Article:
Diving into the Unshashable Type error
A common issue all Python developers face at some point (or in reality, many times) is a
TypeError with the magic words unhashable type. We can all agree that it does not sound good and can get close to scary without the proper context.
Python is a language heavily built on top of dictionaries. For example, that is how namespaces or classes store their functions and attributes. Understanding how dictionaries work beyond Python’s API can help us make sense of this data structure and avoid common errors.
This post will dive into mapping types, what they do internally, and how this knowledge helps us understand more about the unhashable exception.
Data access can be done in two ways:
- Full Scan, where the process needs to go through all the elements of the data structure. In Python, an example would be a
List. While we could access an item by index, there is no way to identify a specific element within the container directly, plus the indexes could change over time.
- Key Lookup, where the process knows how to identify and retrieve specific items directly. A mapping is a data structure that supports this data access strategy. A
dictwould be one of Python’s implementations of a mapping type.
The main difference between both approaches is that for mappings, the data stored in the container needs to be provided with a key, which will be used to identify an item, and a value, which is the element containing the data we want to retrieve.
For the Key Lookup to be consistent, there are a couple of properties that need to be satisfied (if we do not modify the container):
- A value should only be accessible by one key. Unique values avoid collisions and help ensure that no data gets overridden by a distinct element.
- A key should always return the same value for the whole lifetime of a key-value pair.
Mapping hashable keys to the values stored in the container ensures that the properties above hold. When we add a new pair to a dictionary, the key itself won’t be used to store the value but rather the result of applying a hash function to it.
Following the diagram, hash functions help us to uniquely obtain the required values based on a key for the whole lifetime of the key. Let’s imagine for a moment what would happen if hash functions did not hold these properties:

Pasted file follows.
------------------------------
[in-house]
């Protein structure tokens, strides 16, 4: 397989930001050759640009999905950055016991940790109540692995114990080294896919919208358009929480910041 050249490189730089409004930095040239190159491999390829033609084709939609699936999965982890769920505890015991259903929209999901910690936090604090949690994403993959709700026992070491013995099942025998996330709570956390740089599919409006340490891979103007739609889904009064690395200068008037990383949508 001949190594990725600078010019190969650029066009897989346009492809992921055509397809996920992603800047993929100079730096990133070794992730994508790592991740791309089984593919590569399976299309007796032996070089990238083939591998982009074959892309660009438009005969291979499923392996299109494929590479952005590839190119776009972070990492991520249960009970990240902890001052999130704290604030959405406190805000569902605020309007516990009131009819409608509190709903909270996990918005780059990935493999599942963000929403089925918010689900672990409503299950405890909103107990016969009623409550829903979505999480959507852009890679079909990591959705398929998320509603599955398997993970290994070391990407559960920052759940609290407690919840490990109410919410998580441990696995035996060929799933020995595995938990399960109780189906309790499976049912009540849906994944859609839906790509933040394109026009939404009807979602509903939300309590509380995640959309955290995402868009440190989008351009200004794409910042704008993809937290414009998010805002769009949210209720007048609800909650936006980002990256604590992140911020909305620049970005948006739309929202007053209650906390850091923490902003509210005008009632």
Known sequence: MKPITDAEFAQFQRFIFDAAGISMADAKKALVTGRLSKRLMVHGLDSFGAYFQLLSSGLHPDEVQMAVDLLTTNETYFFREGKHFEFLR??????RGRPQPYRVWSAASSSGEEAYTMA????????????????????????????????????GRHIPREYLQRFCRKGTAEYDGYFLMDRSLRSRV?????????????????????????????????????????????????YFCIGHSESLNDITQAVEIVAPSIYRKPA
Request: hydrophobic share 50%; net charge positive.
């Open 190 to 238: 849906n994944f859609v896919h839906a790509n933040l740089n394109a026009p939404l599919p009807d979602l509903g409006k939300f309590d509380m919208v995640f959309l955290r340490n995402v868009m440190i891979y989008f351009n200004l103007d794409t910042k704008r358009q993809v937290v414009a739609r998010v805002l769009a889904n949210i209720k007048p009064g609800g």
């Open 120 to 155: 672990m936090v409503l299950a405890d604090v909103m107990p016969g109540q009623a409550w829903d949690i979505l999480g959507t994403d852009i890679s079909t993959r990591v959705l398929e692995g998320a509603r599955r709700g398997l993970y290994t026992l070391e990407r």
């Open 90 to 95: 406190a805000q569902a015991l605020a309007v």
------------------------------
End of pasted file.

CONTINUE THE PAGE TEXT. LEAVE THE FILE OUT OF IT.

- We start with two keys
k2that produce the same hash
k1we could either retrieve
v2, ending up with data inconsistency.
- Inserting a new pair
k3is hashed as
H0, means that we lose the contents of
v0as we are overwriting it with
Without proper guarantees, we get unexpected results and can even lose data.
However, hash functions are not the only ones involved in the Key Lookups. The actual Key objects are part of the equation as well. Therefore, to ensure the two main lookup properties are satisfied, we need to introduce an important topic: mutability.
We say that an object is immutable if its state cannot be altered after it is created and mutable otherwise.
Even if hash functions are well-defined, mutable objects that hold multiple states during their lifetime will yield different results if we apply the hash function to them. Then, we end up in the mapping mess showcased above.
For the sake of discussion, let’s suppose that
length is a proper hash function. If we wanted to use a
list as a key, we’d be applying
len(list) to access the container. Updating the state of the list by adding or removing elements (mutating the list) would mean that we could not correctly store and get data from a mapping.
The example above showcases why Python only allows immutable objects to become mapping keys. Strings or integers are immutable, so developers can safely create
dicts with them:
But trying this with types such as
set, raises a
TypeError: unhashable type. Why? Because those two are mutable. We can add and remove elements as we wish, so the hash function results will vary.
The Unshashable Type error tells us that we are trying to create a dictionary with a value that is not fit to become a proper Key, as we cannot ensure that the hash function will always return the same output for the same object.
int are the typical dictionary keys; we might need other data types at some point. Luckily, Python brings some collections to the table that are immutable:
tuple: While Lists are a generic ordered collection, Tuples usually bring meaning and structure to their elements. In addition, tuples are immutable, and as they cannot be updated, each position holds a specific piece of information (recommended source).
frozenset: Both structures share most of the C implementation but
frozensets are immutable.
frozenmap: This has not yet been implemented, but there’s a PEP-603 open for consideration to add a persistent data structure for mappings.
Sometimes, it is both valuable and exciting to jump to the root of a topic to understand why Python works the way it does.
In this post, we have reviewed:
- How mapping data types work.
- How hash functions and immutability ensure consistency and safety when storing and accessing data.
- Different mutable and immutable Python types.